The Old Summer Palace of Beijing, China otherwise known as Yuanmingyuan Park is literally translated as the ‘Gardens of Perfect Brightness’. It was the main imperial residence of the Qianlong Emperor of the Qing dynasty and his successors. Considered to be the pinnacle of imperial gardens and palace design it was reputed as the ‘Garden of Gardens’.
During the second Opium war French and British captured the palace on 6 October 1960 and took days to loot followed by around 4000 troops to burn down 3.5km (860 acres) over a 3 day period. It is estimated by UNESCO that 47 museums around the world contain Summer Palace loot. The blazing ambiguous sunset or sunrise colour palette refers to the days of burning subverting the notion of Gardens of Brightness.
‘You can scarcely imagine the beauty and magnificence of the places we burnt. It made one's heart sore to burn them; in fact, these places were so large, and we were so pressed for time, that we could not plunder them carefully.’ (Charles George Gordon, Royal Engineers captain, 1860 Anglo-French expeditionary force)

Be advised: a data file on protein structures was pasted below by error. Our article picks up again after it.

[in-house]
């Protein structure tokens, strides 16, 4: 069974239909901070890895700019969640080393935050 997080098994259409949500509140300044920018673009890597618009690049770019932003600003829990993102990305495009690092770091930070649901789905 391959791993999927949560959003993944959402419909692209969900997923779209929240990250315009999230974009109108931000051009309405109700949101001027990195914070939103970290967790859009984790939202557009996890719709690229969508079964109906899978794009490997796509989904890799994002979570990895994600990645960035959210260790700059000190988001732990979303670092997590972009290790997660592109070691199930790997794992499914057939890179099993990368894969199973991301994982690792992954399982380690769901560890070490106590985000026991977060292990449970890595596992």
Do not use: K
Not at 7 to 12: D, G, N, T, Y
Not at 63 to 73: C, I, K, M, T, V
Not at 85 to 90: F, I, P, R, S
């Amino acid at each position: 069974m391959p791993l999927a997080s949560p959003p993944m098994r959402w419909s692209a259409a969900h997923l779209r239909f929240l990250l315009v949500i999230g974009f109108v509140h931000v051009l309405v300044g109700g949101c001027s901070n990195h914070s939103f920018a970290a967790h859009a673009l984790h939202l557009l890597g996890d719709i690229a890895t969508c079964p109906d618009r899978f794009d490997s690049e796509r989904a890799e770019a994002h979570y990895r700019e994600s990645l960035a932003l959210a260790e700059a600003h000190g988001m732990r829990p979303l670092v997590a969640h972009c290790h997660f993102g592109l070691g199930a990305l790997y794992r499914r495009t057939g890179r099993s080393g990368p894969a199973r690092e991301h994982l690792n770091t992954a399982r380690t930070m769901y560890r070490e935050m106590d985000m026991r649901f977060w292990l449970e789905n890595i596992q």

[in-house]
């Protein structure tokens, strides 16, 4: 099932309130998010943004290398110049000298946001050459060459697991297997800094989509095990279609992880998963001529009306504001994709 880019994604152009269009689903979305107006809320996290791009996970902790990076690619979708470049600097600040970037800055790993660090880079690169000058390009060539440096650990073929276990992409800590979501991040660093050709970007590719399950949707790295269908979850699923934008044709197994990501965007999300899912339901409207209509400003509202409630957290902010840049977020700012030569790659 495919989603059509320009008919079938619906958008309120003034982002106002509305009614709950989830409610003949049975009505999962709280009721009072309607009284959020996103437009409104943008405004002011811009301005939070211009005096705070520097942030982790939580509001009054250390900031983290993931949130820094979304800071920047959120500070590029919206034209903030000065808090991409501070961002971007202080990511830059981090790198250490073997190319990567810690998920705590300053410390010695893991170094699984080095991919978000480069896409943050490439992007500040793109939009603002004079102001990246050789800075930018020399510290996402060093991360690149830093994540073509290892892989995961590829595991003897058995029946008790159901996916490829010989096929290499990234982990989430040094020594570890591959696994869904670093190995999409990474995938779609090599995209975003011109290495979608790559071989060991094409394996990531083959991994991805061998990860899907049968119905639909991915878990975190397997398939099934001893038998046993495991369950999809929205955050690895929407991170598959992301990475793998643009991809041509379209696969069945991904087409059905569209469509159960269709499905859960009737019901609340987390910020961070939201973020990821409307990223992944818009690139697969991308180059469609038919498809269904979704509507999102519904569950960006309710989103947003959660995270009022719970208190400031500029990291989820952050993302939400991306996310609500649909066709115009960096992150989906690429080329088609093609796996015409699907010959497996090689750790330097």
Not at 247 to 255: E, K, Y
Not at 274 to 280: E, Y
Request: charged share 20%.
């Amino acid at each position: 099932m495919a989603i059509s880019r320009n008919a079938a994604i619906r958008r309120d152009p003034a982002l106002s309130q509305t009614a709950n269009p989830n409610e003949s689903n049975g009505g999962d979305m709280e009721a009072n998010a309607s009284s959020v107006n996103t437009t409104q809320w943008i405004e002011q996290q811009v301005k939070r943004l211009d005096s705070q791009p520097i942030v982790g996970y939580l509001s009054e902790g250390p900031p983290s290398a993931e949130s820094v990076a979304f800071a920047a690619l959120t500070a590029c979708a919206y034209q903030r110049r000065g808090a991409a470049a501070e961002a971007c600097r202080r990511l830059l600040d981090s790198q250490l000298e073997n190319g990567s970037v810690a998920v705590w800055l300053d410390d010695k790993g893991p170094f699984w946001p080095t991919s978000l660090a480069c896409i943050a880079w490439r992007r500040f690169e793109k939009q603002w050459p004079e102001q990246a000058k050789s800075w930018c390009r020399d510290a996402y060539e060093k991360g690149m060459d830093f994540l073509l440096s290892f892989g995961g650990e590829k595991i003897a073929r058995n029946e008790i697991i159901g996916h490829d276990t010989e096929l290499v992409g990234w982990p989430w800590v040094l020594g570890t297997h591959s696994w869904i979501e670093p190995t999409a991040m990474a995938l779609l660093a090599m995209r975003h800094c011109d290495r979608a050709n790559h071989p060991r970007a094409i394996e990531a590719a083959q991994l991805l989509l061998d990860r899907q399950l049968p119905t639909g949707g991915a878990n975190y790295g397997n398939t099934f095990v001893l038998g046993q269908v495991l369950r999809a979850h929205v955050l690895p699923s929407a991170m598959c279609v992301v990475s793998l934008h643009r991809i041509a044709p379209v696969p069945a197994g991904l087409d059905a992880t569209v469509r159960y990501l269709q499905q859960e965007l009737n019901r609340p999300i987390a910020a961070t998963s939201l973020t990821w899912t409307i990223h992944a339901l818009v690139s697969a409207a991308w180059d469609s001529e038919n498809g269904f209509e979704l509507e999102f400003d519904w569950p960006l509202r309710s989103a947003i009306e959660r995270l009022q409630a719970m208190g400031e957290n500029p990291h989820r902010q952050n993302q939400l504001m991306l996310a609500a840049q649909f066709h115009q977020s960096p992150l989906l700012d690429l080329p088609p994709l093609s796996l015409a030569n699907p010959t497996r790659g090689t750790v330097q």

The two holy mountains of Sinai and Song appear like wings of the still life or could be viewed as a collision that forms the broken grounds like a fractured pillar for the still life to sit upon. The painting's foreground is a map of the Summer palace that appears to be part of a broken fragment of a larger whole accentuated by the ruin of Dashuifa. Surreal in scale the ‘Mille Fleurs’ Qianlong Emperor vase contains flowers from a Dutch Golden Age still life in reference to what is considered to be the birth of Modern Capitalism and the first recorded economic bubble with Tulipmania. It also contains flowers from Giuseppe Castiglione, a Jesuit missionary who became a painter at the court of the emperor. The rest of the composition is filled with sunflowers made from painted marks on plastic that are peeled and assembled together before being collaged to the surface of the painting. Sunflowers are used as a symbol to face the sun/god, here they are multi-directional but seem to be mostly facing toward the viewer.